My good friend, Sarah, is a hard working, resilient, young mother. She’s not perfect, not unlike any human, but lord knows she tries her best daily. She struggles with intermittent work placement, adapts to her son’s unforeseen disability, and she’s plagued with an ongoing illness. On good days, Sarah has limited ability of her body, severe pain throughout her extremities, auditory and visual problems, forgetfulness, lethargy, and severe digestion issues. But, what is truly remarkable about Sarah is her ability to bounce back from her husband’s never-ending levels of perfection. The type that is frustrated with you if you’ve left the house with lint on your clothes, if you sneeze in the freshly cleaned car, and god help you, should you bring an animal around him. I think you understand what I mean. So, it’s a Friday and I happen to have a day off which I decide to spend helping out my good friend, Sarah. As I walk into her front entrance she’s hunched over her counter with a calculator, pen, paper, and a scarf tied tightly around her waist. “You doing ok today?” I inquire spying the brightly colored red coif coiling her frail waist. “Yes, thank you”. She just smiles, but I can see her wince with pain as she rises to stand. She’s scrolling through flyers, calculating grocery bill totals. They’re tight on money lately, but Hugh is exceptionally particular with his food… not unlike the rest of his life. So I snuggle in beside her and get to searching. An hour later we’re on the road. She has seven stores on her list to be able to afford the specific items Hugh demands, plus she’s due to help him buy a table set at Lowe’s, join him at Yoga, pick up their son and her cat. We all know it isn’t his and he certainly could care less whether the poor thing lives or dies. By the fourth store I can see Sarah fading. She hasn’t stopped to eat or rest yet. “Want to grab a little bit to eat?” I say, pointing to the hotdog stand at Costco. “No, thank you. I need to keep all of this for groceries.” I stand, staring blankly for a moment, studying her face to see if she’s kidding. She isn’t. “Are you kidding me? They’re a dollar fifty! He won’t even let you have a hot dog?” The words leave my mouth like verbal diarrhea. I couldn’t stop them if I wanted to. Before the poor thing could answer I turn swiftly on my heels and head straight to the hotdog lineup. Eff that… I understand being monetarily responsible, but geez! You send the poor, ill, woman out for a day of errands and don’t let her eat? Somewhere… someone has to step in! Fast forward a few hours and we’ve gathered all her groceries and even managed to squeeze in a few extra little goodies, Hugh’s Favorites… If you missed the sarcasm there, this is me making sure you didn’t. Ahem, Back to Friday. While picking up Sebastian, aka “Sebby”, the little guy demanded to have Daddy put him in the car. Hugh flings open the door and almost drops Sebby as he lets out a child-like sigh of disappointment. “You got the s&%t maple syrup? I hate this one!” He buckles Sebby in and slams the door. Stomping off like a three year old, mid-tantrum, oblivious to the on-looking company. Sarah doesn’t even get the chance to defend herself. They were two for $12! They’re still organic and made in Canada… She was so proud when she found those. I feel crushed for her. Hopping in his own car he flies off and leaves her to handle the baby, the cat (hissing and freaking out at the thought of a car ride), and all the groceries. My heart pangs. Crushed, exhausted, and nauseous she climbs into the car and drives home, silent as a mouse, for the long ride. She arrives home and Hugh is already out of the car. Its absolutely teaming cats and dogs outside, but he waits inside nonetheless. First, she scoops the actual cat up, covers her carefully, and runs inside. He watches, no movement towards the door. Soaked to the bone and freezing, she heads back outside to collect little Sebby from the car. He waits patiently, excited to see his mother when she returns. She scoops him up, covers him lovingly, and runs inside. By this point, Hugh is nowhere to be seen. “Go find Daddy,” Sarah urges as she heads back outside for the car stuffed full of groceries. Truthfully, she doesn’t want to leave Sebby alone for fear that Hugh has made himself unavailable entirely, but she can’t let the meat spoil either. Keeping one eye on the door and one on her task, she picks up as many groceries as possible and runs for shelter. Six loads later she makes it to the door, hands filled to the brim, marks turning purple where the plastic digs into her skin, and she taps the door with her foot. No movement. Eff. She taps again, no movement. She pushes slightly harder and the door flies open with purpose. Yikes. As she enters Hugh flies down the hall, enraged with anger. “Careful with the effing door, Sarah! What do you think it is, a soccer ball?” By this point she’s starving, overworked, exhausted, freezing, and soaking wet. She’s beyond taking sass at this point. “Why did you close the door on me? And, what? You can’t come out and help me? I’m soaking wet!” All good points, but he could care less. “Oh poor you, yeah, that’s it Sarah… how do you like it? Now it’s your turn for once.” He’s spewing hate by this point, not even making sense. Sarah tries to defend herself. She’s gotten the groceries and tended to all errands on her own for months now (also, let’s not forget the decades before she met her husband). Not to mention the grocery bills had been cut in half since she took over, but he acts like she’s a small child taking on responsibility for the first time. The disdain continues as he opens the grocery bags, carefully inspecting each item like quality control. She almost did ok, but she happened to buy rib eye instead of striploin steak (because it was 50% off) and yielded a few more thrashes. Eventually he retires to the television room, leaving Sarah to unpack the groceries, put away the dishes, and get Sebby down for night night solo. He’s too tired. He had a long day. Watching her move, rickety, filled with pain, and tears dropping from her eyes, she never slows. I could cry for her in this moment. My heart bleeds for her. I want to take him and shake sense into his dense skull, but I know my efforts would go unheeded. Eventually, I feel my presence becoming less helpful and more of an embarrassment, so I pack up and head home.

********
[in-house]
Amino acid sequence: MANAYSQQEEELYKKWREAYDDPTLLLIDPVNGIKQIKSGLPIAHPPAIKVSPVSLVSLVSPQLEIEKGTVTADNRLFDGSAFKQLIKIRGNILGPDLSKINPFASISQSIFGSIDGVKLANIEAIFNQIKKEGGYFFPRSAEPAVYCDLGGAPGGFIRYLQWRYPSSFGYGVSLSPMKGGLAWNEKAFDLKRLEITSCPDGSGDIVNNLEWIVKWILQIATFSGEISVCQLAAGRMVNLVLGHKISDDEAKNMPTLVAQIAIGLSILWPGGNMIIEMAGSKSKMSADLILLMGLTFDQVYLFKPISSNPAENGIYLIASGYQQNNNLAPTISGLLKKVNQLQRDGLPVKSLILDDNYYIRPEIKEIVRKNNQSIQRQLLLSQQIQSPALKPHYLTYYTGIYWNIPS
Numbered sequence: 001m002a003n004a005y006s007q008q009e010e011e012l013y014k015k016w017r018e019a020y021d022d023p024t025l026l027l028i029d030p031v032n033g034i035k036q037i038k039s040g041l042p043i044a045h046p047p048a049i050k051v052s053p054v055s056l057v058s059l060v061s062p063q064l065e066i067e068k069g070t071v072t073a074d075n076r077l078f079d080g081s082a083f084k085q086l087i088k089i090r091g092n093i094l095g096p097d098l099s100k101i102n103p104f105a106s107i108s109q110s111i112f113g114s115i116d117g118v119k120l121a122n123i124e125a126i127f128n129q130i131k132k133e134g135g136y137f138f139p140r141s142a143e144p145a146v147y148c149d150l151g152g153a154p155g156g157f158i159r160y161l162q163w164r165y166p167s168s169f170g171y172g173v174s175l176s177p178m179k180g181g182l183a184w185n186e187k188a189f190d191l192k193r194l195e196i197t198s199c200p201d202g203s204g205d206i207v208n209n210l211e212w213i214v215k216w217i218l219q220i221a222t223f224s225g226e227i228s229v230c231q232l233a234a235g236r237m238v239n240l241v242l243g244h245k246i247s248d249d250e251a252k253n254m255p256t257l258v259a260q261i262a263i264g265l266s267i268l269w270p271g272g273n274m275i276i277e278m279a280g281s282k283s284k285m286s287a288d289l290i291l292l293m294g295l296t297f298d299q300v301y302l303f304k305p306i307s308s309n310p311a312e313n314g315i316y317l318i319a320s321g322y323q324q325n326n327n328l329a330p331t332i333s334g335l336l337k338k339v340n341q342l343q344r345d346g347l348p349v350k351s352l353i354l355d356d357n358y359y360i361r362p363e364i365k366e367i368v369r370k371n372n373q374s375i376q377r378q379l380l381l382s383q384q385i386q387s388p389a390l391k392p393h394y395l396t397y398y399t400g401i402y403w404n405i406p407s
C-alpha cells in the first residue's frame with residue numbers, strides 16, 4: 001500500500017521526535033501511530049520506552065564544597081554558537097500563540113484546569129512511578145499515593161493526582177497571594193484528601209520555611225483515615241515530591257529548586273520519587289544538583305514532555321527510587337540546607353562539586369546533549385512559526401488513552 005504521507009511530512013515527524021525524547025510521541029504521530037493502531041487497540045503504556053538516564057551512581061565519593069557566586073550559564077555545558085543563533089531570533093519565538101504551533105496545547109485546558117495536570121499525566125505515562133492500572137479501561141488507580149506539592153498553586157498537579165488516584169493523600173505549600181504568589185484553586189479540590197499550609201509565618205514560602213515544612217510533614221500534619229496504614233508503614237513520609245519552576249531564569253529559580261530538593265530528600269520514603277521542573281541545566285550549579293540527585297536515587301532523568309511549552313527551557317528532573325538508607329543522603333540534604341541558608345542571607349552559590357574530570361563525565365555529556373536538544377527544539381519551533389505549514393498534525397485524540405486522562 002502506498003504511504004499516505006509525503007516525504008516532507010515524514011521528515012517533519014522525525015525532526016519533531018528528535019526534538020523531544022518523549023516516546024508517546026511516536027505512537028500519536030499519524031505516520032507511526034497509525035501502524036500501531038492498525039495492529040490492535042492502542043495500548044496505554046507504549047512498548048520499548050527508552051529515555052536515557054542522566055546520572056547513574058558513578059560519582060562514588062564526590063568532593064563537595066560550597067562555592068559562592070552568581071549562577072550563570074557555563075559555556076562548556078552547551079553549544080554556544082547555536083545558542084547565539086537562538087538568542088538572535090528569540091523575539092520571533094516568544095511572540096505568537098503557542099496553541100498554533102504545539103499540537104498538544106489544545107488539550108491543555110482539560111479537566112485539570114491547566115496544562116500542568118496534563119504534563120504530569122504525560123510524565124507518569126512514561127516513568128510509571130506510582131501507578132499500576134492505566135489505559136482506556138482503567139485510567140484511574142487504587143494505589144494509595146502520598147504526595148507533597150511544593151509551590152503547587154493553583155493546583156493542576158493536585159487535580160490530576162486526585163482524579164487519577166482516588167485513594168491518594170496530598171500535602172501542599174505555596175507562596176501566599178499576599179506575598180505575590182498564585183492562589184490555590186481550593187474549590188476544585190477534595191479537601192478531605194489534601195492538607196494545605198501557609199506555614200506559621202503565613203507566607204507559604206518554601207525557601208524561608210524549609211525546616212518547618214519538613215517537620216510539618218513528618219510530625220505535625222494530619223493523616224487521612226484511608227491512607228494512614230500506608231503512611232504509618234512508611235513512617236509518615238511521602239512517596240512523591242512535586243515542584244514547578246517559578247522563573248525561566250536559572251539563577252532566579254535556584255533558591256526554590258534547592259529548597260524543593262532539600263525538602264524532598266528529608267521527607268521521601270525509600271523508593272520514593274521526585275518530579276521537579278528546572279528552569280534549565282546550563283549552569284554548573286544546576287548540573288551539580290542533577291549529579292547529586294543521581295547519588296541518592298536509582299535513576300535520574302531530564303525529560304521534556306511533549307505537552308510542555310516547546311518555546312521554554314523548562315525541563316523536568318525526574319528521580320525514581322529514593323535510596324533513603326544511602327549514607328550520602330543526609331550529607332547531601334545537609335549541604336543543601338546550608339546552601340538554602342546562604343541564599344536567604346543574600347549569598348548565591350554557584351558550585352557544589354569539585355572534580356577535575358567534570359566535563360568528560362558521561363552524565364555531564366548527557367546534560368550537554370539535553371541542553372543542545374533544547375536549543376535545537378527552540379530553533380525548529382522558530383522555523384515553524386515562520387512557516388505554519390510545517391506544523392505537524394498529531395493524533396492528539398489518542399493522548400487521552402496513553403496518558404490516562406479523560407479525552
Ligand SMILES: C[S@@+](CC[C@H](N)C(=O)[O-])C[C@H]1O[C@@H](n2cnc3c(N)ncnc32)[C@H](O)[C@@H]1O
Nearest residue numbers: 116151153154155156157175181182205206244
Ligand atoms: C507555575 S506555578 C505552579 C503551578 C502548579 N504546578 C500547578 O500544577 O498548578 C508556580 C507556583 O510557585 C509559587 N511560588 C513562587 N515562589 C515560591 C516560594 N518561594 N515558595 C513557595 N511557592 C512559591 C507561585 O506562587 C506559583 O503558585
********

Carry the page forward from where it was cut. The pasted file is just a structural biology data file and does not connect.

She tried so hard. I know its only groceries, but if you were chastised by an old schoolmarm every time you bought the wrong label, incorrect size, or undesirable type, you’d see groceries as more of a mountain than a molehill. I replayed the day’s events in my head. Sarah was so pleased with herself. That feeling of satisfaction and accomplishment being the only thing that held her glue together. I shook my head and tried to lift the weight of her day off my shoulders, but then a haunting thought chilled my spine. She isn’t perfect, humans aren’t perfect, so not only will today’s efforts be futile, but that of the future as well. How exhausting… She’s doomed to a life of constant disapproval. Hugh’s twisted face, filled with disappointment, judging her. It was at this moment that the Dixie Chick’s song, Goodbye Earl, crept into my head. How hard could it be? I flip open the computer and head to Google. How to get away with…